Toward more sustainable fertilizer
As fourth-year PhD candidate Michael Manto was completing his bachelor’s degree in chemical engineering at Lehigh University, Johns Hopkins was not on his PhD radar because he mistakenly believed the Department of Chemical and Biomolecular Engineering was “all bio.”
Manto’s sister, a Hopkins undergrad at the time, quickly set him straight, filling him in on her own advisor’s energy and sustainability research. The next year, Manto started his doctorate in the same advisor’s lab, where he continues to use nanotechnology to sustainably extract, produce, and recover nitrogen and phosphorus nutrients—the key ingredients in fertilizer—from renewable biomolecular feedstocks and other sources like wastewater.
Manto, originally from Philadelphia, explains that fertilizer is increasingly necessary because most soil lacks the nutrients to support the massive scale on which many crops are grown today, but that standard fertilizer production methods are expensive and unsustainable. Nitrogen is typically derived from ammonia in an energy-intensive process costing billions a year; phosphorus is derived from phosphate rock, whose supply is finite and non-renewable.
Manto’s group is investigating “gentle” reaction conditions using cerium oxide nanomaterials in water at room temperature. Such conditions have been explored for phosphorus but only in a limited medical context, and are brand new for nitrogen. Manto’s team also employs zeolites to isolate and recover nitrogen and phosphorus and eventually convert it to fertilizer. Characterization is a challenge in these water-based systems, but Manto believes it’s not insurmountable.
“We’re convincing people in the field that it’s a worthy cause,” he says.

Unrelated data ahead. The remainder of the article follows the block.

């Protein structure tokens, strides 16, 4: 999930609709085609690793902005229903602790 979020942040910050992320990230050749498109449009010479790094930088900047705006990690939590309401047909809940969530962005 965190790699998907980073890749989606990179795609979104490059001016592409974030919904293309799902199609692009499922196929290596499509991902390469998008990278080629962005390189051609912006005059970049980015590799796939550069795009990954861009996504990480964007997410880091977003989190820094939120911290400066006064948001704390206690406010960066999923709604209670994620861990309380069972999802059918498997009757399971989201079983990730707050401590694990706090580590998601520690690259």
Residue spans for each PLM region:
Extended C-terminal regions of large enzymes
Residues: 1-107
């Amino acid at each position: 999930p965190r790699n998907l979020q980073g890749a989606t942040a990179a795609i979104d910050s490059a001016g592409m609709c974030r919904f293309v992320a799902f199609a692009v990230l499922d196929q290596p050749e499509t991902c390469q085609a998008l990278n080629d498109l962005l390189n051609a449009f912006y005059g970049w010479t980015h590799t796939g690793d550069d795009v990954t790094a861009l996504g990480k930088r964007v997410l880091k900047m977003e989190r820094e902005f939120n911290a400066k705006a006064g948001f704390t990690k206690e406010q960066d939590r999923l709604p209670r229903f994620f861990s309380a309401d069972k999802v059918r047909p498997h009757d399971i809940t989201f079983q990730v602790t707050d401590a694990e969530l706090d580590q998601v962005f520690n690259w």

An unusual feature of his research is that it combines two typically separate chemical engineering disciplines: heterogeneous catalysis and ion exchange separations. Developing in-depth knowledge in both areas is already opening doors for Manto, who earned two travel awards to the 2017 American Institute of Chemical Engineers (AIChE) meeting, and won an award—as well as the opportunity to present his research—for best poster at the 21st Annual Northeast Corridor Zeolite Association (NECZA) Meeting.
“It was nice to see that happen,” Manto says. “We realize we’re developing a new area of expertise that is unfamiliar to other researchers, but many people are noticing, and that’s a great sign.”
When he completes his degree, Manto hopes to undertake R&D in an industrial setting. He also hopes to continue in the mentoring role he’s taken on in the lab, where he’s supported undergrads as they co-authored papers, won research grants, and presented at conferences. “They make really positive contributions to our research, and I couldn’t have gotten half of this done without their help,” Manto says. “It’s rewarding in both directions.”
His mentees have also been part of the experience Manto most anticipates carrying with him into the future: learning how to lead a team to have the greatest impact on a project. “To have people working together, that’s the secret of successful research,” he says. “To have that enthusiasm and collaboration; you can achieve so much when you have a good team.”